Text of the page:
In addition to passengers, the vehicle was overloaded with bags of food and other merchandise, a typical way to transport goods in Haiti.
A local judge who witnessed the accident said the truck was climbing a steep incline when it lost balance and went tumbling down.
Commissioner of Police Owen Ellington says the significant reduction in criminal activities in Jamaica that has been achieved over the past few months, particularly in the Corporate Area, is due to the ongoing efforts by the police to dismantle criminal gangs and other criminal organizations.
He noted that the Kingston Central division, which averaged about l00 murders per year in the recent past and completed last year with under 20 murders, year to date, has recorded just three murders.
He noted that this trend has been replicated across the Corporate Area divisions, noting that the divisions, which had accounted for over 70 percent of all violent crimes, have now moved to about 30 percent.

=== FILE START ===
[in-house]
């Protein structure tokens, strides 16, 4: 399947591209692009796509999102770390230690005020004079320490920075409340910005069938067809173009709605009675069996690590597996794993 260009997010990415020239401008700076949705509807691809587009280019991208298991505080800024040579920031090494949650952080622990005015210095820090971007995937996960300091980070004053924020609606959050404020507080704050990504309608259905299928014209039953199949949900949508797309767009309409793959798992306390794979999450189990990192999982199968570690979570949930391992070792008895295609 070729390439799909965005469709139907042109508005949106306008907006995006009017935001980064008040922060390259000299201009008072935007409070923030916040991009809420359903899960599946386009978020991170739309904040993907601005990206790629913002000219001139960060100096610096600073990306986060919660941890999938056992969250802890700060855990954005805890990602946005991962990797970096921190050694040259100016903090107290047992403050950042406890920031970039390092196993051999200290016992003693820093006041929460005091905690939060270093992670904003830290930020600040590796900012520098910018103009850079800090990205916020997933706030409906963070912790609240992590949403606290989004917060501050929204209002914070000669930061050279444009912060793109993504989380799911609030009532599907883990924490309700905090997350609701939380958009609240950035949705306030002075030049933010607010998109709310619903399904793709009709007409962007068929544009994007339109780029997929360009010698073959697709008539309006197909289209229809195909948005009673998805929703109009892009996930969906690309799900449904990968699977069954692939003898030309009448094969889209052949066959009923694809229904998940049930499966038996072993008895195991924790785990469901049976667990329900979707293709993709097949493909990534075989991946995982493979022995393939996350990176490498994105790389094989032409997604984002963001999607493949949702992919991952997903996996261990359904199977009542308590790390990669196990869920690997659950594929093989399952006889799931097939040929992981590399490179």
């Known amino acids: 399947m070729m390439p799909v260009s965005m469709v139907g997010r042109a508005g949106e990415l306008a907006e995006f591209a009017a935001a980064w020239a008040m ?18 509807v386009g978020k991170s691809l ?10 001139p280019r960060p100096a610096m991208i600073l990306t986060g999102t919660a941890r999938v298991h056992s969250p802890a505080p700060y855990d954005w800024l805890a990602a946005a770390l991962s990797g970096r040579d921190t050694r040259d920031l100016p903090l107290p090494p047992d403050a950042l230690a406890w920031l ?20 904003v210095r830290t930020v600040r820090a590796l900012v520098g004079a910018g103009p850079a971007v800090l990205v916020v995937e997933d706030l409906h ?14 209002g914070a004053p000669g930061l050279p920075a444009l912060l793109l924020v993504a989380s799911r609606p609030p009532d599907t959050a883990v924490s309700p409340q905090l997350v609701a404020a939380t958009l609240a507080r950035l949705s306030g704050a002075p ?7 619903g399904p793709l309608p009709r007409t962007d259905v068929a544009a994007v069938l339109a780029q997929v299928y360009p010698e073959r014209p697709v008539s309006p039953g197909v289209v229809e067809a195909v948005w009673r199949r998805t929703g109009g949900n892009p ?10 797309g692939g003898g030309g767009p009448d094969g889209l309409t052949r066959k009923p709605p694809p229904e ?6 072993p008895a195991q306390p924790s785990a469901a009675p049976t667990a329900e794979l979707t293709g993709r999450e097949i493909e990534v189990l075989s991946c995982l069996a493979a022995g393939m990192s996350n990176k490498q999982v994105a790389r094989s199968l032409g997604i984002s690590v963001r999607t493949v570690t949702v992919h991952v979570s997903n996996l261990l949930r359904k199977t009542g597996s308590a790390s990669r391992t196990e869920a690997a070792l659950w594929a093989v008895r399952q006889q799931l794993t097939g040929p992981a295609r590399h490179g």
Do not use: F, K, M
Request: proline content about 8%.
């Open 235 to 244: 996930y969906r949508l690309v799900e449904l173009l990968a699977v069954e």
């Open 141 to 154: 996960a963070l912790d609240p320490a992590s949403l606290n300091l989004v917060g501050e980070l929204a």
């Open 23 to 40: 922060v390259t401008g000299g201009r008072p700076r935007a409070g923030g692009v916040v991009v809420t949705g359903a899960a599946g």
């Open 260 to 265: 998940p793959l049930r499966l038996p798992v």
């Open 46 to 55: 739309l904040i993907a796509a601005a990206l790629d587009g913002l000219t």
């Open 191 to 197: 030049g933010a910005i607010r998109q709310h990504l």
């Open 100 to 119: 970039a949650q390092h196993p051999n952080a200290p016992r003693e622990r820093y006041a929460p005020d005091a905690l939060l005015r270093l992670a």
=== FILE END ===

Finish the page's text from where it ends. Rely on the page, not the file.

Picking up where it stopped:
“We achieved those results in Kingston and elsewhere in Jamaica because we are focusing on dismantling the gangs and organized crimes. In downtown Kingston there were very significant criminal gangs that controlled the community,” he said.
The commissioner said although divisions such as St. Catherine North and Clarendon “have not reached the level where we want them to go,” they too are achieving significant successes against gangs.
He noted that although the first week of January recorded 40 murders, the weeks of March averaged under 15 killings.
“In fact, we completed the month of March with the lowest murder count for any single month in the last nine years,” he added.
The government of St. Lucia will introduce the Value Added Tax (VAT) from Sept. 1, 2012.